Hypoglycemia tends to be a problem seen most often in toy breed puppies. Hypoglycemia
is the medical term for low blood sugar. In small breed puppies from post-weaning to 4
month of age, the most common form of hypoglycemia is called Transient Juvenile
Hypoglycemia: “Transient” because the symptoms can be reversed by eating: “Juvenile”
because it is seen in young individuals.
Background on blood sugar:
Glucose is the “simple” sugar that the body uses for “fuel” to run its various functions.
Table sugar, or sucrose, is made up of two simple sugars, glucose and fructose, and can
be broken down rapidly after eating. All sugars are carbohydrates. Grains are also
carbohydrates but are considered “complex” carbohydrates because they have many
more components and take longer to be broken down. The body uses glucose as its
primary energy source. All the parts of the body except the brain can, if needed, use
alternate energy sources[[fatty acids, for example, which the body accesses by breaking
down fat stores. The brain, however, is completely dependent upon glucose to function. If
the glucose in the blood is lower than normal, the brain function is the first to show signs.
In dogs, these signs may be seen as weakness, behavior changes, confusion, wobbly gait,
or even seizures. In fact, in young dogs who have had what may appear to be an epileptic
seizure, low blood sugar is generally ruled out before a diagnosis of epilepsy is made. The
liver is responsible for manufacturing glucose and for storing it in a usable form, for
release into the blood stream as needed. Muscle tissue store some of the important
materials used in this process. Therefore, a serious liver abnormality or insufficient
muscle mass may make it difficult for the body to keep its blood sugar properly regulated.
How are small breeds different?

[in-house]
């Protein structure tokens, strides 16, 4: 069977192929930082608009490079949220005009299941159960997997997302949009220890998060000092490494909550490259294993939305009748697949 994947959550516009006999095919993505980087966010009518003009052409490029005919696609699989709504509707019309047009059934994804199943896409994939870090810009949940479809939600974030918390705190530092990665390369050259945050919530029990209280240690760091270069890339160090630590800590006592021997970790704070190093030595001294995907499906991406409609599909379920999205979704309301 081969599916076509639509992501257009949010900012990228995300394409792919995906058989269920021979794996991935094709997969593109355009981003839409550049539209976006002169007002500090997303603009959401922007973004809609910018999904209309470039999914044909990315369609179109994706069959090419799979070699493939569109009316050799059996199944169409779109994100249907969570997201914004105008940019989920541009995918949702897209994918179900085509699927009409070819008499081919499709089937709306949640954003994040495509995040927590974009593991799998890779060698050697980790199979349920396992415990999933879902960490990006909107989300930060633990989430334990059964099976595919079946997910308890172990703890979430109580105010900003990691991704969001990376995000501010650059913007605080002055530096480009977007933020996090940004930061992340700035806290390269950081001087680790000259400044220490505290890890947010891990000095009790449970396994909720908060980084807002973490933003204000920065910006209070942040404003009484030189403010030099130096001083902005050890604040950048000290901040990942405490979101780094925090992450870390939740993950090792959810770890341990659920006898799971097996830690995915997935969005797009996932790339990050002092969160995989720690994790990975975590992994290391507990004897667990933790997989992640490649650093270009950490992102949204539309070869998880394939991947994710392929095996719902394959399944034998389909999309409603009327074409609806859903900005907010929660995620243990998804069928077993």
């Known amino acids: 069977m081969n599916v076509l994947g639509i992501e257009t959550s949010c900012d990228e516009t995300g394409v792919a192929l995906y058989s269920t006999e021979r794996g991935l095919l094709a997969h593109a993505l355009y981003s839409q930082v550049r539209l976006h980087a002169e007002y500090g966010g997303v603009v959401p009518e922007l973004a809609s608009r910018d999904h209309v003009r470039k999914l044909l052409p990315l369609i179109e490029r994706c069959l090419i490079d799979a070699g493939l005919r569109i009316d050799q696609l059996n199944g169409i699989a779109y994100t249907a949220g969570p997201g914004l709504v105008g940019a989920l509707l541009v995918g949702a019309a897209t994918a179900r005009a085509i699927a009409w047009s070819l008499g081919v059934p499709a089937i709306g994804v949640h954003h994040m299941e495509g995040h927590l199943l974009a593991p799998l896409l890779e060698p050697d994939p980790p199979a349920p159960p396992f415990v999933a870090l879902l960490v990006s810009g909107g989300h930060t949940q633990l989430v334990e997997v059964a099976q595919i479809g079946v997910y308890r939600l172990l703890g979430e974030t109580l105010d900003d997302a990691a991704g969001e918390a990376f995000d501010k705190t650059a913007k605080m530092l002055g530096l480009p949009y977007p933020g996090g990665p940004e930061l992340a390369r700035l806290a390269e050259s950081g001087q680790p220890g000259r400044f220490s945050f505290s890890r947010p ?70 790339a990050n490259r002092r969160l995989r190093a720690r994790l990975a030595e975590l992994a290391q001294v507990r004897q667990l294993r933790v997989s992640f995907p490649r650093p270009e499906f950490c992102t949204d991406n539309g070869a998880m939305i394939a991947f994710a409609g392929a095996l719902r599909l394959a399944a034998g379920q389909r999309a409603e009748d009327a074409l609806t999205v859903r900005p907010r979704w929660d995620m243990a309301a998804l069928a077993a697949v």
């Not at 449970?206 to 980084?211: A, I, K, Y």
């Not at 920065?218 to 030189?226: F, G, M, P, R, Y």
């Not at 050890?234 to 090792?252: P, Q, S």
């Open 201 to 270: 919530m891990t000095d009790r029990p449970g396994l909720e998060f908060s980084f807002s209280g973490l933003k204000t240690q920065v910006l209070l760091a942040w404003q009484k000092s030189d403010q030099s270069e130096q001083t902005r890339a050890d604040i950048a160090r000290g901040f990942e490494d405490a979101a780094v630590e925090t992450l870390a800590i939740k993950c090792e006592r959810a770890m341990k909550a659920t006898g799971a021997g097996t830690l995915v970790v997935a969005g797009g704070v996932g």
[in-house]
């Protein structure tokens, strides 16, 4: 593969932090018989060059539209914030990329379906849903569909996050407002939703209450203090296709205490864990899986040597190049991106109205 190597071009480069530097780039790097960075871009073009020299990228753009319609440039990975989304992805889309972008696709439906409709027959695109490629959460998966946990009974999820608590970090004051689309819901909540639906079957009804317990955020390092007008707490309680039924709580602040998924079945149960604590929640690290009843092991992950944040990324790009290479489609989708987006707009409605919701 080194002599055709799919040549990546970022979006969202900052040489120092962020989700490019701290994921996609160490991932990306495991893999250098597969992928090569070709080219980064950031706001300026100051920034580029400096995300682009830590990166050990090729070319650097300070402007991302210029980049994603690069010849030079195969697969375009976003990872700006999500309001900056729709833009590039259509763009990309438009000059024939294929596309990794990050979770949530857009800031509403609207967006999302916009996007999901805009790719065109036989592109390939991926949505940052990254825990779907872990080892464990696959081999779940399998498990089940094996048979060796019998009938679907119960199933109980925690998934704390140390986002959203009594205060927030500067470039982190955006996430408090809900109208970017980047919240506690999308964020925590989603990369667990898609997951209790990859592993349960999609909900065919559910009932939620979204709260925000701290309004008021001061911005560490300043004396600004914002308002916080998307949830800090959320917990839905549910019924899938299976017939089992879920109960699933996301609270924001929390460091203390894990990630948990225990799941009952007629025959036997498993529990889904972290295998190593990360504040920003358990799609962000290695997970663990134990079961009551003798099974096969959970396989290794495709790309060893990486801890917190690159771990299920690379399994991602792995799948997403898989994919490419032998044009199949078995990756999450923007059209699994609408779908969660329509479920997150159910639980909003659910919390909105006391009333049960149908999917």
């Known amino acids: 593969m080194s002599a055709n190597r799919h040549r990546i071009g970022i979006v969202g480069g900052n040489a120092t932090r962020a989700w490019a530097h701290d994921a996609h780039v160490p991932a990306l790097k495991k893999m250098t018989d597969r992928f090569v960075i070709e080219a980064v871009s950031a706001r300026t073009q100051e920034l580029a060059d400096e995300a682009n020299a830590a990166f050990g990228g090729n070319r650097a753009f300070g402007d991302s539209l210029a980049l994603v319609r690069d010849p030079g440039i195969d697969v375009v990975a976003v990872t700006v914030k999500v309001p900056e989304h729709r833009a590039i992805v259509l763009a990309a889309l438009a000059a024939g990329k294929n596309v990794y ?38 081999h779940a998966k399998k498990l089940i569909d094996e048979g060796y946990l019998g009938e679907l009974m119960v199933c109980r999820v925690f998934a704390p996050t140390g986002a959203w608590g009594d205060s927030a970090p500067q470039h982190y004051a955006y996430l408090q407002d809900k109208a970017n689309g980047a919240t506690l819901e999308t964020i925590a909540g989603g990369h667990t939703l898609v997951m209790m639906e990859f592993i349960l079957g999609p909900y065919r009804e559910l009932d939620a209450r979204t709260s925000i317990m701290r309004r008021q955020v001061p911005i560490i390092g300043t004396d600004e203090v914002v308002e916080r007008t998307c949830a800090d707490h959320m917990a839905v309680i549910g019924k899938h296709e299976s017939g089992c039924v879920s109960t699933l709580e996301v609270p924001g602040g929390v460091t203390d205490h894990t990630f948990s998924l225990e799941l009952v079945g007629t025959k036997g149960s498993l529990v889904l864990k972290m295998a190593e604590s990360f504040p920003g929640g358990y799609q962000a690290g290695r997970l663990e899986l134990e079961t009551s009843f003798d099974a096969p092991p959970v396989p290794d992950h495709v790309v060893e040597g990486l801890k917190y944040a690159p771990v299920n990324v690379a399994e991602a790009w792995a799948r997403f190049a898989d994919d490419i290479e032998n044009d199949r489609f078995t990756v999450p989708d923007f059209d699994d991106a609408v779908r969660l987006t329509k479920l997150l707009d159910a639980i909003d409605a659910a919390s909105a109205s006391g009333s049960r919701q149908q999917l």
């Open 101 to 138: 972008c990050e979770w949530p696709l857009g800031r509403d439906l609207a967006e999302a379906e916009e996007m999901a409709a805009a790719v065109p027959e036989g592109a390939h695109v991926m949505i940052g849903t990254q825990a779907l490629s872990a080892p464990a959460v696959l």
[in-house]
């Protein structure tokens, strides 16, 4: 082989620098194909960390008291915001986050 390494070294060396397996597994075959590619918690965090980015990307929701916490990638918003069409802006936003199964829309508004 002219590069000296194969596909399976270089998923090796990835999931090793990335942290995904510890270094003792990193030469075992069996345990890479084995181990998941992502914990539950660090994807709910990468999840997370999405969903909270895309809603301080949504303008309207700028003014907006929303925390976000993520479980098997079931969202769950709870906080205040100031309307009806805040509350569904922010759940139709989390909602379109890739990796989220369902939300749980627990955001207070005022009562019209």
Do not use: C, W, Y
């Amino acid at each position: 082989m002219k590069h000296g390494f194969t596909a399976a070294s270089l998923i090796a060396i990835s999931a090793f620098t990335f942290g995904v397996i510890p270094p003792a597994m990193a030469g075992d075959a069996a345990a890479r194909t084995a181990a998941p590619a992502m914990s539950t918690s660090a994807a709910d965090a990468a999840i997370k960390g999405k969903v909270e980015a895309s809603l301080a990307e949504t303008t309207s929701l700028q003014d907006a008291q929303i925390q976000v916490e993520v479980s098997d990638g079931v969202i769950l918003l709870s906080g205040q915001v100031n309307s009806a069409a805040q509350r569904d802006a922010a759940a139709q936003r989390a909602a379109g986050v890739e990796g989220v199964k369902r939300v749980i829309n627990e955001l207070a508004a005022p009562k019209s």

Puppies of very small and toy breeds of dogs have characteristics that make them more
prone to the development of Transient Juvenile Hypoglycemia, which is brought on by
fasting. Pups of any breed are more likely to develop hypoglycemia than adults, because
their skeletal muscle mass and liver size are smaller and brain size, larger, in proportion
to the rest of their body. Therefore, there is less glucose being put our into the blood and
more being used by the brain, which is dependent upon adequate glucose in order to
function. In small and toy breed, this discrepancy is more pronounced. Even a brief perios
of fasting in a toy breek puppy can trigger a hypoglycemic “attack.” As discussed, one of
these attacks may appear as weakness, confusion, wobbly gait, ro seizures. Eating food
that is readily digested and metabolized will reverse minor signs, but intravenous glucose
administration is required for sever cases. Puppies with Transient Juvenile Hypoglycemia
have normal liver size and function, but inadequate glucose precursors or glucose in its
stored form. Therefore, any significant stress, such as routine trip to the vet’s, that occurs
in the absence of a recent meal, can cause the blood sugar to drop to dangerously low
levels. Low environmental temperatures, infections, vaccinations, strenuous exercise,
and inadequate nutrition increase the risk even further. Feeding recommendations for
puppies at risk for hypoglycemia include frequent (4--5 times a day) feeding of high-
carbohydrate, high-protein and /or fat foods. For pups who have had recurrent or
prolonged signs, monitoring the urine for ketones with a “dipstick” made for diabetics is
helpful, since a return to “ketone negative status” signals a return to normalcy.
We use Nutr-Cal, Nutri-Stat, white corn syrup, and honey as a preventive.